I just did it recently...

Remove the door....

Then starting at the bottom, pull the door frame away from the wall. The best tool is a flat crow bar. Once you have the bottom pulled away, you can then pull the top down. You basically just peal it off.

Once you have it off....frame it out....studs top and bottom...on the sides and in the middle. Now you have a nice surface to attach your new drywall to.

Your biggest problem is going to be drywall depth. Chances are it's around 1" thick...give or take an 1/8".

Three ways to do this....

1. Fir out both sides with strips of wood ripped to the thickness so that new drywall is flush with your old wall.

2. When install the new studs, line up one side so that your drywall would be flush...now you only have to fir out the other side.

3. Rip down 2x6 studs to the width you need to have your new drywall flush. This would be my preference....it's less work than ripping firing strips.

Don't worry about the cracks....just fill them with mud and move on.
+1 very good advice
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Old 08-10-2013, 03:59 PM   #5
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Closing off Doorway in Plaster Wall


You may loose some plaster---the pry bar will knock loose a lot if you do not trim back the plaster in the area you are going to pry---

I suggest gently chipping back the plaster with a hammer and chisel in the places where you need to pry---

An angle grinder with a diamond blade is quick---but the mess is awful---so hand chip an opening to pry---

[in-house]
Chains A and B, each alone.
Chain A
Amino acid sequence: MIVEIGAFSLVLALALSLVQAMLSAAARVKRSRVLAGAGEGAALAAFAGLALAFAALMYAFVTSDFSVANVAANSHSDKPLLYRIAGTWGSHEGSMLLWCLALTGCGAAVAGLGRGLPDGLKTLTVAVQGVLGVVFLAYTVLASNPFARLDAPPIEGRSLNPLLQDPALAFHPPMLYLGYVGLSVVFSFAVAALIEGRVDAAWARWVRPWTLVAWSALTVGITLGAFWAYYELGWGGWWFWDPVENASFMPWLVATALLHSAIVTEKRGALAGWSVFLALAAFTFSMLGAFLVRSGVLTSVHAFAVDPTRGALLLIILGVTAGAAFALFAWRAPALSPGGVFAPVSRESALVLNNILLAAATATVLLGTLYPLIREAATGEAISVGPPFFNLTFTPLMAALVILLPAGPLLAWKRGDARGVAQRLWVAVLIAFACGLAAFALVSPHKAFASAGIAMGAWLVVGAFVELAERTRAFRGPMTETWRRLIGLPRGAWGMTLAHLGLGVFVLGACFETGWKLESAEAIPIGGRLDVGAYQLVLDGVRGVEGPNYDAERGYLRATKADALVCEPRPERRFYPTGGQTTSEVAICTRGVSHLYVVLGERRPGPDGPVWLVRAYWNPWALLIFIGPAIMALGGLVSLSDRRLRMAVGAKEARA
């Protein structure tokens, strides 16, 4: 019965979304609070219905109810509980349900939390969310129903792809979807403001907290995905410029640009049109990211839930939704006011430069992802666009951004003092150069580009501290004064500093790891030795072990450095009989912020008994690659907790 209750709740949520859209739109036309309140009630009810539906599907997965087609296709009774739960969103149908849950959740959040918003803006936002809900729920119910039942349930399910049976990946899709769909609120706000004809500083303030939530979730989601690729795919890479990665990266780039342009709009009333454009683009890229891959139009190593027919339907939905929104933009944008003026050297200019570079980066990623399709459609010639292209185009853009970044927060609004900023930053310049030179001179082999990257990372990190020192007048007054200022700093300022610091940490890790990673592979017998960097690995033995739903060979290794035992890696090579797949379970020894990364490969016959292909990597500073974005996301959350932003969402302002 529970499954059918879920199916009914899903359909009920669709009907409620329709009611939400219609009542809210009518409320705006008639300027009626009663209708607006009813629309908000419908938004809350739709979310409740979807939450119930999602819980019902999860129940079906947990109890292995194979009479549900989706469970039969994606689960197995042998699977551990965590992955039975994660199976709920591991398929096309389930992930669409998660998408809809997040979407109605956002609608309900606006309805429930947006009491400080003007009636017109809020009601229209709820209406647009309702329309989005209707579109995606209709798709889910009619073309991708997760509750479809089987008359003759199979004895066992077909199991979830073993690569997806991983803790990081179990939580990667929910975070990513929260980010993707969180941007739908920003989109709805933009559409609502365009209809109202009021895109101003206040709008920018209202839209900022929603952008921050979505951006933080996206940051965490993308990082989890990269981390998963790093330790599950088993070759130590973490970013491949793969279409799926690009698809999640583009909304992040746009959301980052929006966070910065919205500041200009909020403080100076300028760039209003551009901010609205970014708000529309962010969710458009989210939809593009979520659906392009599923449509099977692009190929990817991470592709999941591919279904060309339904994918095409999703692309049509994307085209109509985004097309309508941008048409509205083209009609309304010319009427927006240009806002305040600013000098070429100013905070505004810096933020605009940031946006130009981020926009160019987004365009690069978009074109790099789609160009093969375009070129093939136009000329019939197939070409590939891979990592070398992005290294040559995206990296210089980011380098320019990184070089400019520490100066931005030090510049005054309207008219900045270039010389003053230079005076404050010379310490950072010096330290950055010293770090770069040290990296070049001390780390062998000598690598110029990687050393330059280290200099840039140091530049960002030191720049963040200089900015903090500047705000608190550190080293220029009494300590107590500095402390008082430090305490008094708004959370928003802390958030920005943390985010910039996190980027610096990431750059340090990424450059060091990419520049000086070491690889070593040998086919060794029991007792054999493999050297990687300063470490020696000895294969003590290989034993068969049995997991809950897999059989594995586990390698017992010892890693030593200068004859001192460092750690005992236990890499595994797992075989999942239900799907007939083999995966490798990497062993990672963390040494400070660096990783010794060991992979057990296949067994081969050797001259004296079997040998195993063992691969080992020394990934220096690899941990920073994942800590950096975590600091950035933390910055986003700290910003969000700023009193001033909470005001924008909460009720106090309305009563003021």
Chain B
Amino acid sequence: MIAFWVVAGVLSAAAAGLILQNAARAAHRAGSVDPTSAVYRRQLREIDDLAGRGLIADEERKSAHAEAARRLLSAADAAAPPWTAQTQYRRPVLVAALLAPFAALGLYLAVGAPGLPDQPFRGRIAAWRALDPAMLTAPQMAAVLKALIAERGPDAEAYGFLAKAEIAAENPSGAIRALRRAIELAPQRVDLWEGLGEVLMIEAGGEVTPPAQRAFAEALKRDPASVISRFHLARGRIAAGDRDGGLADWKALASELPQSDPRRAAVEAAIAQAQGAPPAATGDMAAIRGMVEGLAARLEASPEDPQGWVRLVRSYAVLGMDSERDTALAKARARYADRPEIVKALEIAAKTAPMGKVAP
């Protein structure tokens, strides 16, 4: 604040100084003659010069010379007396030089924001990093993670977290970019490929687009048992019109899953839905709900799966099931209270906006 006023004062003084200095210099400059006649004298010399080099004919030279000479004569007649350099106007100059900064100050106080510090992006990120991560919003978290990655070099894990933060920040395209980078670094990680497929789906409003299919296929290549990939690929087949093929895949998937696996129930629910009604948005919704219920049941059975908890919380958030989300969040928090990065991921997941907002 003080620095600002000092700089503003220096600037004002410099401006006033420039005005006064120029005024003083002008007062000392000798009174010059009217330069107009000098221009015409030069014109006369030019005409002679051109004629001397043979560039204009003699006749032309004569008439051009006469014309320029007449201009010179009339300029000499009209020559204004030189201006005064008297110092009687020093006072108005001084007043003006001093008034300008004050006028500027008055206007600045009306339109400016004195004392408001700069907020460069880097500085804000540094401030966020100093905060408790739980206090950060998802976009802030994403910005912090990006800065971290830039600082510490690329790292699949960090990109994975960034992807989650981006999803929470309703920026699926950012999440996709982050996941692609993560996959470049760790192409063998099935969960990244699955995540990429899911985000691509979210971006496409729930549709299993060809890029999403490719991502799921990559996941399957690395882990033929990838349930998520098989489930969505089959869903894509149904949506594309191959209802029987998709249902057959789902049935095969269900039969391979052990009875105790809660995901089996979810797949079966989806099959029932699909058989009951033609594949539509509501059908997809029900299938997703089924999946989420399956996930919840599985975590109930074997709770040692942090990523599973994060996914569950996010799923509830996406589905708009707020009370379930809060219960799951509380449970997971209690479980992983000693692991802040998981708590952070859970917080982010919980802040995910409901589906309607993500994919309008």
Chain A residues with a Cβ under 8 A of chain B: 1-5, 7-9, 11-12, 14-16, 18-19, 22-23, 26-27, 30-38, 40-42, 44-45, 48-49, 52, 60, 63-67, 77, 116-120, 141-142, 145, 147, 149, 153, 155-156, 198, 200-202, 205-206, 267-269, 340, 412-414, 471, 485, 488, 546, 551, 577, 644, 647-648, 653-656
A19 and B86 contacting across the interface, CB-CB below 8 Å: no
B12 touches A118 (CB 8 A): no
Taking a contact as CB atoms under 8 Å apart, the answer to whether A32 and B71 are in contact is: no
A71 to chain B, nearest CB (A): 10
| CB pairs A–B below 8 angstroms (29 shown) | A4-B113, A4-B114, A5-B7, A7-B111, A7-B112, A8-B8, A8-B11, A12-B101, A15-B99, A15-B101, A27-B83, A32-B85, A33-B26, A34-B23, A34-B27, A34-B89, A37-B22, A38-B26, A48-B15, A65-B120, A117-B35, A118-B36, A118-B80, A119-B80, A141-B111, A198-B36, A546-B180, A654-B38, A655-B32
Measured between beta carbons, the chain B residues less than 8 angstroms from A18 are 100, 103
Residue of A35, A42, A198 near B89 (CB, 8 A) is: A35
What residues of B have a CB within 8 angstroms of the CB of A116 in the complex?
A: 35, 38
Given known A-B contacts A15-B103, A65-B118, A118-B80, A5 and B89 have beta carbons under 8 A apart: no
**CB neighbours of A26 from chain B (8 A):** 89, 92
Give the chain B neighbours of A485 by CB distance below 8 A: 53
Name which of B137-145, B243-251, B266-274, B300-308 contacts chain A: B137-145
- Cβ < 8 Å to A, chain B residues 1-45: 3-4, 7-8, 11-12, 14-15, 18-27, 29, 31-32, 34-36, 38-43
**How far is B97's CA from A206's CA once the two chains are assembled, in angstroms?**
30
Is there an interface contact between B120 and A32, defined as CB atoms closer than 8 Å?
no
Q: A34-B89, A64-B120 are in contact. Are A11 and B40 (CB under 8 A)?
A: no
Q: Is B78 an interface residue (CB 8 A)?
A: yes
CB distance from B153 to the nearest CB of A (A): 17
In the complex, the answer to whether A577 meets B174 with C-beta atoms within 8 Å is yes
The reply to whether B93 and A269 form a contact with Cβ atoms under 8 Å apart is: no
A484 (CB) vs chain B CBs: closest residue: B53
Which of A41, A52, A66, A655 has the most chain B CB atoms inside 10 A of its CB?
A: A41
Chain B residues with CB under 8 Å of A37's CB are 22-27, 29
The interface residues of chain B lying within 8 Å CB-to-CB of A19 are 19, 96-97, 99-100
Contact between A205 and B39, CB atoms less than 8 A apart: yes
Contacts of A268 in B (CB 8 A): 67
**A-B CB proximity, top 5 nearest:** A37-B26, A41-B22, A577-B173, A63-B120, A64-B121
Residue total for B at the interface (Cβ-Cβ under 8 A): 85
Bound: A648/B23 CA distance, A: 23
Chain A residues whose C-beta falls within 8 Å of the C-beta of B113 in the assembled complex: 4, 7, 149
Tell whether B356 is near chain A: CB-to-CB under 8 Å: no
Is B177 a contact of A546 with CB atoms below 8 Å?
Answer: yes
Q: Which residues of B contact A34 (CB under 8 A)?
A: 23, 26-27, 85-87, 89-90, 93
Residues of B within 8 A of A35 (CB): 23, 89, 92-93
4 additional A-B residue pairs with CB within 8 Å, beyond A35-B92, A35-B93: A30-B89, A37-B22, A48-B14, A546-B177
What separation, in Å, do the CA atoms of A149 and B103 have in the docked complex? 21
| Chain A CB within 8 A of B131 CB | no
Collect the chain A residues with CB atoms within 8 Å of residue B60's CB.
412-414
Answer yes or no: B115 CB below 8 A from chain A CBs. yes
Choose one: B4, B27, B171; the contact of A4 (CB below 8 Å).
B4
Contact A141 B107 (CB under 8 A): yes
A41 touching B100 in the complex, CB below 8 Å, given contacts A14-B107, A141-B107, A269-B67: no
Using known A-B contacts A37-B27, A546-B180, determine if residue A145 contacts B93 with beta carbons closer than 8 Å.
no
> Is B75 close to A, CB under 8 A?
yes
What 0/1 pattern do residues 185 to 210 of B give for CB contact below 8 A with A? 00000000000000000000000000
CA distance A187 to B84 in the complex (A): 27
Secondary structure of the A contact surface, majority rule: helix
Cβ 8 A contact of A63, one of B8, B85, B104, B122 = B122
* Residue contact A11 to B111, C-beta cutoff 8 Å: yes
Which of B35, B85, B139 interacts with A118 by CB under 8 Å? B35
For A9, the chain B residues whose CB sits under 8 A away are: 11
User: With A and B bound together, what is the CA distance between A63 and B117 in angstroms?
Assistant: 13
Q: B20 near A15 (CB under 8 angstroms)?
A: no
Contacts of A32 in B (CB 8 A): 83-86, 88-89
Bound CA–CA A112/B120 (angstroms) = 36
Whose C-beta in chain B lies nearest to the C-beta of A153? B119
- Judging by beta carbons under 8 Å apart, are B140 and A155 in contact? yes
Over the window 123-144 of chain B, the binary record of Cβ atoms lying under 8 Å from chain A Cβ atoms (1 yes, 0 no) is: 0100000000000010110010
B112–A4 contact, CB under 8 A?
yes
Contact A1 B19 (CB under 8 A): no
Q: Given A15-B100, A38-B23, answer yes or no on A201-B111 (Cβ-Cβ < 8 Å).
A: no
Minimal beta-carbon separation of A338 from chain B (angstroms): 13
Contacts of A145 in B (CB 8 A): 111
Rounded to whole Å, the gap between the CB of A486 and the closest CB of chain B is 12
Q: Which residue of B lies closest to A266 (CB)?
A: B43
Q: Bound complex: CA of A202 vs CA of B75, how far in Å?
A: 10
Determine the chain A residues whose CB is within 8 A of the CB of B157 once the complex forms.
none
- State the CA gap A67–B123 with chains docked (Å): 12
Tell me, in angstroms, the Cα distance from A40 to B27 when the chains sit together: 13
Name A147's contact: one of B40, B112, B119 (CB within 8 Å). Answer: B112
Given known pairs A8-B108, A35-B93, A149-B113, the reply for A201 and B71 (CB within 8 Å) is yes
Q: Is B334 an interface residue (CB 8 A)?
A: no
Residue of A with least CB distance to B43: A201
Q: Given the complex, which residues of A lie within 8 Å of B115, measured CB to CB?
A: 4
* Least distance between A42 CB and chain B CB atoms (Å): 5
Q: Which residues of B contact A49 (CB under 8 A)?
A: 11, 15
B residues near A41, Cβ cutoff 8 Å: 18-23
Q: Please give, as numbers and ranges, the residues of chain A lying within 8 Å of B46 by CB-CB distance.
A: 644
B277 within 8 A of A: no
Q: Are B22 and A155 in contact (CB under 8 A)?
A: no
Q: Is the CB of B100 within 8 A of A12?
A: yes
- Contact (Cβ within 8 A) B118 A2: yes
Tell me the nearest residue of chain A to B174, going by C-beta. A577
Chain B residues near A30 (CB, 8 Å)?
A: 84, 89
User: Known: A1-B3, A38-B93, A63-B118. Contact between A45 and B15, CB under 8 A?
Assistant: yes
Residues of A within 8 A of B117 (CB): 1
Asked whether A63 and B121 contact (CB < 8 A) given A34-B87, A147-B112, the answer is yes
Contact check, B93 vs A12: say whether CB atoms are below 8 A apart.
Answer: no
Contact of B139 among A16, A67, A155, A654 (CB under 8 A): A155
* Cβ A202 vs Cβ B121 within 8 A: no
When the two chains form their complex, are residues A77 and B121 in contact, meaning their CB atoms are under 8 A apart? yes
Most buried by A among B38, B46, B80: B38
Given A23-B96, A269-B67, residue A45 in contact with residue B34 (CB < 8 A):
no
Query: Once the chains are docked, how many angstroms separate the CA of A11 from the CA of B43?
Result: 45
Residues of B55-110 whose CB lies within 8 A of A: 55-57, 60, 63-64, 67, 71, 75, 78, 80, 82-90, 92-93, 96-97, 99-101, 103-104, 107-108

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Old 08-10-2013, 05:25 PM   #6
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Closing off Doorway in Plaster Wall


Thanks for the advice guys. I dont plan on selling this as its going into a new door way that i plan to put in for a new bathroom. I think i will also only close off one side completely. The other side will be turned into a recessed shelf. Ill chip out some of the plaster as suggested, its coming off in places already anyways. Will probably wait to finish this untill i set up power to my table saw in the basement, but thats for another day.

It will be a challenge to match the patched area, especially since the existing plaster walls are a bit wavey in places. I think ill have to use some joint compound to get it to blend in a bit. Maybe a few layers of paint will help ad well. Once i get my table saw up and running i will rip 2x6s as suggested and put up 5/8 sheet rock just a hair below flush.